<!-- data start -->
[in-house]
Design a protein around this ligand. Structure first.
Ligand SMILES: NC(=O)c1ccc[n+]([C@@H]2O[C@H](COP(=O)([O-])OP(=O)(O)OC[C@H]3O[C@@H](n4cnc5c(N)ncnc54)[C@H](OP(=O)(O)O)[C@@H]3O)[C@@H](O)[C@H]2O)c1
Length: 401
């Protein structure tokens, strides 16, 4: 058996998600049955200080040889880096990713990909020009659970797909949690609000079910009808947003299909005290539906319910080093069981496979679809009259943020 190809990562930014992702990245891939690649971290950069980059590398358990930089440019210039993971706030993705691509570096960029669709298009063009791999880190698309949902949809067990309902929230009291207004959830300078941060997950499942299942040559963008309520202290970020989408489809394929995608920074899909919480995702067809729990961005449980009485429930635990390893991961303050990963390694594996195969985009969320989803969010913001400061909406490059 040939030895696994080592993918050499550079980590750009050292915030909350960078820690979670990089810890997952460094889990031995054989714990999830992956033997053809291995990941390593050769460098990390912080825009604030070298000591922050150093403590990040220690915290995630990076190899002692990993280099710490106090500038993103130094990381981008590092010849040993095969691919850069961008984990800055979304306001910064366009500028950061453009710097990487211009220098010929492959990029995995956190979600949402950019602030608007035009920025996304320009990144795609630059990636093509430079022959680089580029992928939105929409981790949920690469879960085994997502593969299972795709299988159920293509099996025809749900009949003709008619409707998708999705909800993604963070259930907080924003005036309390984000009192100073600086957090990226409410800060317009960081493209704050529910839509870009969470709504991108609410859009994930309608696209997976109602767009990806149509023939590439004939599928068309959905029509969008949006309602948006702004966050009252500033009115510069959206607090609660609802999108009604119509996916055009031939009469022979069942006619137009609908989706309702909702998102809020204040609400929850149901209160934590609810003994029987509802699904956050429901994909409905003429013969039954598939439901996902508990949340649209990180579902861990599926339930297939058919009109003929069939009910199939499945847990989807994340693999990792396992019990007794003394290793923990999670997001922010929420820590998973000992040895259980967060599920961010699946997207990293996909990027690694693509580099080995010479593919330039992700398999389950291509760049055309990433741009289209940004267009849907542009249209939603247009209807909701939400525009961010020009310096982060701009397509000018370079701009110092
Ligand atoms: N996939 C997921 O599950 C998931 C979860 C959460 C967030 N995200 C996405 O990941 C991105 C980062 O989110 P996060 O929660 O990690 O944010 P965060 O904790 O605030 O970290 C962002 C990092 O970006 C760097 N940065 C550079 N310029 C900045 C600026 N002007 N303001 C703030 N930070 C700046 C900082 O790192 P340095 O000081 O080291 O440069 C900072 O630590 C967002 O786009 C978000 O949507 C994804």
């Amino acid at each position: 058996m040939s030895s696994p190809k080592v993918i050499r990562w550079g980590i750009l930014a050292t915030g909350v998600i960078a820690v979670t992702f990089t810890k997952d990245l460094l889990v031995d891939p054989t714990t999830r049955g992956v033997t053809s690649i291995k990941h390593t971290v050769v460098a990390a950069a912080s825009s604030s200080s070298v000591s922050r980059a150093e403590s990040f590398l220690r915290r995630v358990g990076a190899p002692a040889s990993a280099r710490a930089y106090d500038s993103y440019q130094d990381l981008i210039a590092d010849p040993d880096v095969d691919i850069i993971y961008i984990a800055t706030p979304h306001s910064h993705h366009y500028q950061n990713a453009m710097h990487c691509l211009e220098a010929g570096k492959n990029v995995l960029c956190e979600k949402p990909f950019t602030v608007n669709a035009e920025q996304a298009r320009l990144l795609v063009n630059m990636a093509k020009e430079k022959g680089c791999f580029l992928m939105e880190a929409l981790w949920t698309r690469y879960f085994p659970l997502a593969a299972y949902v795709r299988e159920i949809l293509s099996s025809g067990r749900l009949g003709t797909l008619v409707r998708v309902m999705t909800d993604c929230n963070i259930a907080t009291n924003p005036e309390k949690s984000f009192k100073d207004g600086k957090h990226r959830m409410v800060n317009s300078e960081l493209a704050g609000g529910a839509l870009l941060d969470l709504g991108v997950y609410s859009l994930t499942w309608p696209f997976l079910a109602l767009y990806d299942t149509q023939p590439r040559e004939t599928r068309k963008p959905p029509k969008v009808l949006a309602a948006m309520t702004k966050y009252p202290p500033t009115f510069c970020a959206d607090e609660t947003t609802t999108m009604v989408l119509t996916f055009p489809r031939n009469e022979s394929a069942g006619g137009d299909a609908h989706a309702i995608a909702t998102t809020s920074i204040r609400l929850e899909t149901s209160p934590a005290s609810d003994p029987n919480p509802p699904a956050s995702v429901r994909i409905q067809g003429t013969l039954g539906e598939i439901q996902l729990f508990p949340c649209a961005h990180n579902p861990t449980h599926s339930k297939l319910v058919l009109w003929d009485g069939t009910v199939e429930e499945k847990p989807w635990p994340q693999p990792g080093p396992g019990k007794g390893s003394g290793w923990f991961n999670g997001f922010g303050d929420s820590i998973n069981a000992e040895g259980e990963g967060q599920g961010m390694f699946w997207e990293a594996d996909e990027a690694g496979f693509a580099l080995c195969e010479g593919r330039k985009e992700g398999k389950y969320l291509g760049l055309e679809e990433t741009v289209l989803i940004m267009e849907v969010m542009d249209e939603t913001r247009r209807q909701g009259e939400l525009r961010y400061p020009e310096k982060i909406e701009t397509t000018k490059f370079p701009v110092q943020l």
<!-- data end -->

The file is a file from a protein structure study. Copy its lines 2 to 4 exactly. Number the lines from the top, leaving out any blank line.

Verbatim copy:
Design a protein around this ligand. Structure first.
Ligand SMILES: NC(=O)c1ccc[n+]([C@@H]2O[C@H](COP(=O)([O-])OP(=O)(O)OC[C@H]3O[C@@H](n4cnc5c(N)ncnc54)[C@H](OP(=O)(O)O)[C@@H]3O)[C@@H](O)[C@H]2O)c1
Length: 401